JF Ptak Science Books Post 1804
I've remarked on this blog several times on the work of the fabulist proto-surrealist (etc.) J.J. Grandville (for example, here), and today I'd like to return again to his soaring Un Autre Monde (published in 1844) for the work he did in satirizing conventions by reversing their orders, presenting common entities in their "opposite"position. (Perhaps "opposite" is a too far reaching word, perhaps "contrary" is more appropriate in these cases--for now, either will do.) And so:
Fish are goaded (by what I thought was supposed to be a thistle) in their hunting pursuit, which was formerly known as "fishing" but in this case could be know as "humaning".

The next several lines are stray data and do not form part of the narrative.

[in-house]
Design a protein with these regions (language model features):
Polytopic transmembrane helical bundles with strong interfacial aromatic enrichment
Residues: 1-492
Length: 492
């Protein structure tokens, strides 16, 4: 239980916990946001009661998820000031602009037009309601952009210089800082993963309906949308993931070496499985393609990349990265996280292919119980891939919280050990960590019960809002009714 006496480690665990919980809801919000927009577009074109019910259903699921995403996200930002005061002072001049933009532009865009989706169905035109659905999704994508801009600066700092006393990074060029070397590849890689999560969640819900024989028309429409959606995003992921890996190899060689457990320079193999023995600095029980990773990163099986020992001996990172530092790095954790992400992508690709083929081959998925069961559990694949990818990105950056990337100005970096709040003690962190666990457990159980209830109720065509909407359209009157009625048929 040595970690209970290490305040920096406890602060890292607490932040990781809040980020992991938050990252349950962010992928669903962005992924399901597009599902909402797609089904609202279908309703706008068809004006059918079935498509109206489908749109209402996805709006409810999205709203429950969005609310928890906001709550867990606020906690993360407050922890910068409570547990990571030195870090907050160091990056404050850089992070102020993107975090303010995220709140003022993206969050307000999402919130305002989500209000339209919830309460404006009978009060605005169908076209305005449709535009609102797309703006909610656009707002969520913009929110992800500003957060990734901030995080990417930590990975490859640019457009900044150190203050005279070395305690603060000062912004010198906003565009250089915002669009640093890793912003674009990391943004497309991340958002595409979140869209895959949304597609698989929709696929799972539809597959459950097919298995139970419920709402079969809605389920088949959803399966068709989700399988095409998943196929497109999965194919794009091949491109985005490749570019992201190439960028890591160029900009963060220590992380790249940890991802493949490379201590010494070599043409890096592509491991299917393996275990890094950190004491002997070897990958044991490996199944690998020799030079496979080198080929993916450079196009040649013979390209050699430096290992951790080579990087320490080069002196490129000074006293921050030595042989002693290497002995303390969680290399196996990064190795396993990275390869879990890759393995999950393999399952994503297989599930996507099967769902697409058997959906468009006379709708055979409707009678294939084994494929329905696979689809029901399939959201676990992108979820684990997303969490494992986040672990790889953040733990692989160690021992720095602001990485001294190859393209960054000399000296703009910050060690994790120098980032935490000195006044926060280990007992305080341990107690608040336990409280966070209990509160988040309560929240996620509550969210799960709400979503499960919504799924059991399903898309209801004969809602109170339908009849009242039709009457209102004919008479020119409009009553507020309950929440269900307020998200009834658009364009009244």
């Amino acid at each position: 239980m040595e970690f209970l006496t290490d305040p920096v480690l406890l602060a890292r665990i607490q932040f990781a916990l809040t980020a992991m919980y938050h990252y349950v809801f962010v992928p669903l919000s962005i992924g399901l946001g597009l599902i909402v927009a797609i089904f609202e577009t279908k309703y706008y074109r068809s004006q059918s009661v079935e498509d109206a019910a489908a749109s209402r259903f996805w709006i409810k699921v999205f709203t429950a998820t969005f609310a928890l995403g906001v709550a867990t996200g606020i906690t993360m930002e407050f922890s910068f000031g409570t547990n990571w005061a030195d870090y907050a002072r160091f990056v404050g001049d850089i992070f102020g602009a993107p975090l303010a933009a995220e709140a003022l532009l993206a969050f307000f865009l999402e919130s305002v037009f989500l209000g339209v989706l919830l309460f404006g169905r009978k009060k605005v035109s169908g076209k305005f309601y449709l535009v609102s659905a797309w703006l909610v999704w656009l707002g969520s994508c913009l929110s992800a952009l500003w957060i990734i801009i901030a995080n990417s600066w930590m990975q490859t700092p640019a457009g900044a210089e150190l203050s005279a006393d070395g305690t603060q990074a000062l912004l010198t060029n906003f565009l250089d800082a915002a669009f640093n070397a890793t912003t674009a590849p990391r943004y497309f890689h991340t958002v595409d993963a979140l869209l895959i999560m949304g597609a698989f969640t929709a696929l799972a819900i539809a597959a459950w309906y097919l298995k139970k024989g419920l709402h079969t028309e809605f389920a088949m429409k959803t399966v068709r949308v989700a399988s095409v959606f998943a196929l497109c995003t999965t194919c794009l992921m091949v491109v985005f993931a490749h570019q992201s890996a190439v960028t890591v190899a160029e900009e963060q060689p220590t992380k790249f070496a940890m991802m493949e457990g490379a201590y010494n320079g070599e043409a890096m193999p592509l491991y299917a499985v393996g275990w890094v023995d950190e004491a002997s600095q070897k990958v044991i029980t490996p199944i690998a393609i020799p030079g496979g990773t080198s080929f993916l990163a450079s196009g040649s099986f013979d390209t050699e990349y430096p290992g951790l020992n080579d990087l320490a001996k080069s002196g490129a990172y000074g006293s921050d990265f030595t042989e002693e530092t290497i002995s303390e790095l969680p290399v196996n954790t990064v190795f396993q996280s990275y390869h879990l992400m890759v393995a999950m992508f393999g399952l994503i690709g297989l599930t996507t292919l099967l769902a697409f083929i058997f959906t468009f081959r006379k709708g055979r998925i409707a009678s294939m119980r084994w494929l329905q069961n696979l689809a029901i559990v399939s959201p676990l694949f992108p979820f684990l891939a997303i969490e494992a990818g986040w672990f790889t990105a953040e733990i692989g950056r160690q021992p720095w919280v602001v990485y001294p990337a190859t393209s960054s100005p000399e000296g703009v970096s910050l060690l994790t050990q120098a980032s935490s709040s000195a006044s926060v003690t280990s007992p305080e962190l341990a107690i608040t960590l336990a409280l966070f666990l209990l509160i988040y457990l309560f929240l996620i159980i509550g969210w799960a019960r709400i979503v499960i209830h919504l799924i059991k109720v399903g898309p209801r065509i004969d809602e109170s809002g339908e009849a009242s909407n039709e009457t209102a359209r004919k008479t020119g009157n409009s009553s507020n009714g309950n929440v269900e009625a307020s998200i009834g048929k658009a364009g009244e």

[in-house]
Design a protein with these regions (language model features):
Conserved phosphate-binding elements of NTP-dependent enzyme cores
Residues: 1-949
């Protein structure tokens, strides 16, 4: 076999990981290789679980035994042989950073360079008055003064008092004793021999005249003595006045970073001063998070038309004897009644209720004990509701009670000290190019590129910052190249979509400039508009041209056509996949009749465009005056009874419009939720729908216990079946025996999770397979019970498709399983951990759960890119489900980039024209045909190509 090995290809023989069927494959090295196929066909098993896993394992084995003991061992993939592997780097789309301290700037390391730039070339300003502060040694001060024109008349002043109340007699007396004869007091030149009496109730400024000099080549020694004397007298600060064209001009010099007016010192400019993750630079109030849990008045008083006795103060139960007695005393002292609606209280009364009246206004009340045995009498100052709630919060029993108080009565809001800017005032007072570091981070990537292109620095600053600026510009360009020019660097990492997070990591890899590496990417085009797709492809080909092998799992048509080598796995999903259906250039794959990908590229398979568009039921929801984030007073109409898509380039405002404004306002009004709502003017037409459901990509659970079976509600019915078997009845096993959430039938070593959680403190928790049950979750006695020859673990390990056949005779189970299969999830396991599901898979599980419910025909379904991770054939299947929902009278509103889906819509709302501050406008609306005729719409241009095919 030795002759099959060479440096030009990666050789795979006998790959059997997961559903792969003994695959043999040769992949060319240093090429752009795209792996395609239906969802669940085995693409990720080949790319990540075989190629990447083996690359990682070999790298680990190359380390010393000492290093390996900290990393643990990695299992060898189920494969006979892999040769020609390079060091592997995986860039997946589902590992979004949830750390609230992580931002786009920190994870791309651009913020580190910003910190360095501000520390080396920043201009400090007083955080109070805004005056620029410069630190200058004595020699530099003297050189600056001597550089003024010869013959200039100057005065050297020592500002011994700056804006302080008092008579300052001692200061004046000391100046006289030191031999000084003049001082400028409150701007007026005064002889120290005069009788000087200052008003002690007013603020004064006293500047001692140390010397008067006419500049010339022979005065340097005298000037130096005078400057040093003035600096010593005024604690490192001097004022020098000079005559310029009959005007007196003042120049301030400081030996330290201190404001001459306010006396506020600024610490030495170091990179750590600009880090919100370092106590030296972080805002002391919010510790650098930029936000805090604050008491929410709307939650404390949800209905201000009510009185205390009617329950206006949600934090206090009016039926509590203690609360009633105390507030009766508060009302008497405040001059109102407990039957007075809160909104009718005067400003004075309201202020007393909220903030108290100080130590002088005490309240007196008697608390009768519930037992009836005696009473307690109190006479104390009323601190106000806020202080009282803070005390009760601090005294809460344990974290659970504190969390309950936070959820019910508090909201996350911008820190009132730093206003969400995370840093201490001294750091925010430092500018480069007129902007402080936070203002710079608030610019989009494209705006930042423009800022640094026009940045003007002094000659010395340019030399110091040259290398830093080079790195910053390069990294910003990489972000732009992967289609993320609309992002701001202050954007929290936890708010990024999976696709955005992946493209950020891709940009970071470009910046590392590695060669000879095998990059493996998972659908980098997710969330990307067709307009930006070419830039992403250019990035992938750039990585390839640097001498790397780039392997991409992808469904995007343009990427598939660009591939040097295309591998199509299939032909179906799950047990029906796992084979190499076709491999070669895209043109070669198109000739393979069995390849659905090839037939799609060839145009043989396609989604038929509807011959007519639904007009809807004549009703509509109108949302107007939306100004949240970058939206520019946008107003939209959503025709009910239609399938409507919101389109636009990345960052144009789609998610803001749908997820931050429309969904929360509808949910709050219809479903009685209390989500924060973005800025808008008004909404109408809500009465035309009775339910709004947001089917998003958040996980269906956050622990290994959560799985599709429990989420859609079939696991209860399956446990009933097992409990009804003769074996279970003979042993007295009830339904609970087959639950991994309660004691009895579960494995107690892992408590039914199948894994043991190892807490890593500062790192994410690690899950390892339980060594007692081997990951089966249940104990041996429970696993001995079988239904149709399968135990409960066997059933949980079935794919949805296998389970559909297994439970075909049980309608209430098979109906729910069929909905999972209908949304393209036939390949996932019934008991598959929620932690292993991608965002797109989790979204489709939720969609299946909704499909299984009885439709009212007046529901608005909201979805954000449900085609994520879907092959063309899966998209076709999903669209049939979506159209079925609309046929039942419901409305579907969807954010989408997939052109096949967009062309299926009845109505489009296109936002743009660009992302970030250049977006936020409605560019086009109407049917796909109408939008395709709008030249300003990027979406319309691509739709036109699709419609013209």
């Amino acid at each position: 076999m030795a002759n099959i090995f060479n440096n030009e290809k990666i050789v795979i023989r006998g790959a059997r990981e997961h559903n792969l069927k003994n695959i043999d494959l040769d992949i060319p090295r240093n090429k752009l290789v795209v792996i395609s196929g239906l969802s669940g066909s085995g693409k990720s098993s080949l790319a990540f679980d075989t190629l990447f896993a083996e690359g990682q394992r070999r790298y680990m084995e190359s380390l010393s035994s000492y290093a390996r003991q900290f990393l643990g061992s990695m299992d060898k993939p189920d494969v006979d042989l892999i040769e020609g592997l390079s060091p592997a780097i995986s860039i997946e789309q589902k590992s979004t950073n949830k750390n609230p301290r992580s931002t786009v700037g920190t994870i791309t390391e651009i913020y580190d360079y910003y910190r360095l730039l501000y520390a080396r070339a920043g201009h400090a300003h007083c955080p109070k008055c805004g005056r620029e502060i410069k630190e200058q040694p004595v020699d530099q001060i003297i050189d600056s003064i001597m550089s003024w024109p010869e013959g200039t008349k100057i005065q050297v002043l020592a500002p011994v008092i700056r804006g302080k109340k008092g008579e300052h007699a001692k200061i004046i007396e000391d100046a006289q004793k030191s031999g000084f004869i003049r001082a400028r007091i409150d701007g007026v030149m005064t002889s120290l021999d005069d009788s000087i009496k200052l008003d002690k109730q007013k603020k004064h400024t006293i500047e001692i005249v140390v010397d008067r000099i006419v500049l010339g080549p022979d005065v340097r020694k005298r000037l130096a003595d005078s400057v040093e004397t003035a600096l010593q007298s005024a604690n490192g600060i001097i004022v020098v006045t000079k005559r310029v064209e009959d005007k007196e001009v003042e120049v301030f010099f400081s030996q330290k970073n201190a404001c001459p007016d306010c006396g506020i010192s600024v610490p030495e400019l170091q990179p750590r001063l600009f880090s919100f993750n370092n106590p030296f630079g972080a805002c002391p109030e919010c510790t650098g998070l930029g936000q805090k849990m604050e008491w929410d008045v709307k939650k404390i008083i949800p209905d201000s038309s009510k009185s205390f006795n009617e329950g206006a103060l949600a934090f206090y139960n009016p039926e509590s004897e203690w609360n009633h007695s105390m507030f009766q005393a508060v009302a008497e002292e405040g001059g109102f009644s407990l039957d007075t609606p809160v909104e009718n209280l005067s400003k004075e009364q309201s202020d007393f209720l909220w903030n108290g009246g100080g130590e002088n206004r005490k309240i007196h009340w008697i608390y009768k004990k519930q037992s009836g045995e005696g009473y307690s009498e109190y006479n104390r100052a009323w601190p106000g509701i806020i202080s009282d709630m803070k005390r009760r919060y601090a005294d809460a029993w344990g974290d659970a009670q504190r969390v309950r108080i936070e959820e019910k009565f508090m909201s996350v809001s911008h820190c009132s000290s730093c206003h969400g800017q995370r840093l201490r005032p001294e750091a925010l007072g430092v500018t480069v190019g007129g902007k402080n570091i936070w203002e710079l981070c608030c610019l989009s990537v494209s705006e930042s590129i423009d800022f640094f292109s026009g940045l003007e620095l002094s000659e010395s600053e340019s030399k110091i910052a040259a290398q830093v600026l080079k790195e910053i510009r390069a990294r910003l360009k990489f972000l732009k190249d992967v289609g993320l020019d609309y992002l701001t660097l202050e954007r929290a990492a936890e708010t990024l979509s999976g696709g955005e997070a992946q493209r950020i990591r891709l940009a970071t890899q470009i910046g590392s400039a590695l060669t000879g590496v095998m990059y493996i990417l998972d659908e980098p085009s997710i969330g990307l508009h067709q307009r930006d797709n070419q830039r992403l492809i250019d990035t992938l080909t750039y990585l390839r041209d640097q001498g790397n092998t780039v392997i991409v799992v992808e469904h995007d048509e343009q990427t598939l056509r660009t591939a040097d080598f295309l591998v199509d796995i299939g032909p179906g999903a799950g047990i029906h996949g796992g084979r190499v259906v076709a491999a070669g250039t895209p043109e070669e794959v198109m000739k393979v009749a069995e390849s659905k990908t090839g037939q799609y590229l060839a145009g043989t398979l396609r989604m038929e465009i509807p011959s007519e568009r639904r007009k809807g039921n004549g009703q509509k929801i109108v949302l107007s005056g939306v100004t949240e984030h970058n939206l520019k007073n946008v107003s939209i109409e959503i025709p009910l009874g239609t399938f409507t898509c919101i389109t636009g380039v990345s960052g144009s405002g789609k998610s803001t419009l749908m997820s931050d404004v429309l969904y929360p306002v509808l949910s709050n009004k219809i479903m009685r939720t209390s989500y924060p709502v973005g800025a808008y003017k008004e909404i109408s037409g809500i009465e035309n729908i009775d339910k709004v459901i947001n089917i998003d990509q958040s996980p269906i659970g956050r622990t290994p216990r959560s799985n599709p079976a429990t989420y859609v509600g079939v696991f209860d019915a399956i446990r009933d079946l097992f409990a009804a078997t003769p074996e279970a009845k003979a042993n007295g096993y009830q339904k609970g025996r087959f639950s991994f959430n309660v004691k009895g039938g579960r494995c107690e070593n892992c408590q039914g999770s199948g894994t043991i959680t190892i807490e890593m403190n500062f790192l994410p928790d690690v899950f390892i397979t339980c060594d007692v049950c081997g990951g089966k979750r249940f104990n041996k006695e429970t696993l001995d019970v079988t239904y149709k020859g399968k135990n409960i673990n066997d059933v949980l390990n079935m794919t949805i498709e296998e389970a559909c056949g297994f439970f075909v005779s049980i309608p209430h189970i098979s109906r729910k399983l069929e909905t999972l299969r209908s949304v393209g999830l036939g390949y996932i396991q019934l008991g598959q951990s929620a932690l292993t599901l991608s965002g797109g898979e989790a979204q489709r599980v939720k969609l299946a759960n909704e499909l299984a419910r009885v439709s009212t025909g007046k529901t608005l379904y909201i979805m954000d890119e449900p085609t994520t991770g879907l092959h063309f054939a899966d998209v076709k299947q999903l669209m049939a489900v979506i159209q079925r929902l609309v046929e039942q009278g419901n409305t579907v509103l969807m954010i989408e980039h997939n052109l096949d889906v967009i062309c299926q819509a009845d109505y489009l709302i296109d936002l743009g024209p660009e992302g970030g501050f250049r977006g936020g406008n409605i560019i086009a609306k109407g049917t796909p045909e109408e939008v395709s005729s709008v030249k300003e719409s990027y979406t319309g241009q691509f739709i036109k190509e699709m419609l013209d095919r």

To be eaten no more forever. A revolt of edible plants takes place in Un Autre Monde, determined to rise and overcome their lethal oppressors, determined not to be killed and eaten as food again. If there was a credible great creator of all things, it would seem that the most effective replacement system for expended energy would be something like photosynthesis and not the killing of other living things to sustain other forms of life. But so it goes here on Earth, with half of the biota eating the other half, with half of the being-eaten half being eaten alive. It just doesn't seem to be a wise way to conduct the business of existence.
An unflattering masquerade of animals in human masks, all of which is enjoyed by a gallery of other animals (again from Un Autre Monde):
A zoo of intellect--animals inspect specimens in a human zoo, in this case featuring first the great gatherers of human capacity and imagination, the writers (from Les Animaux):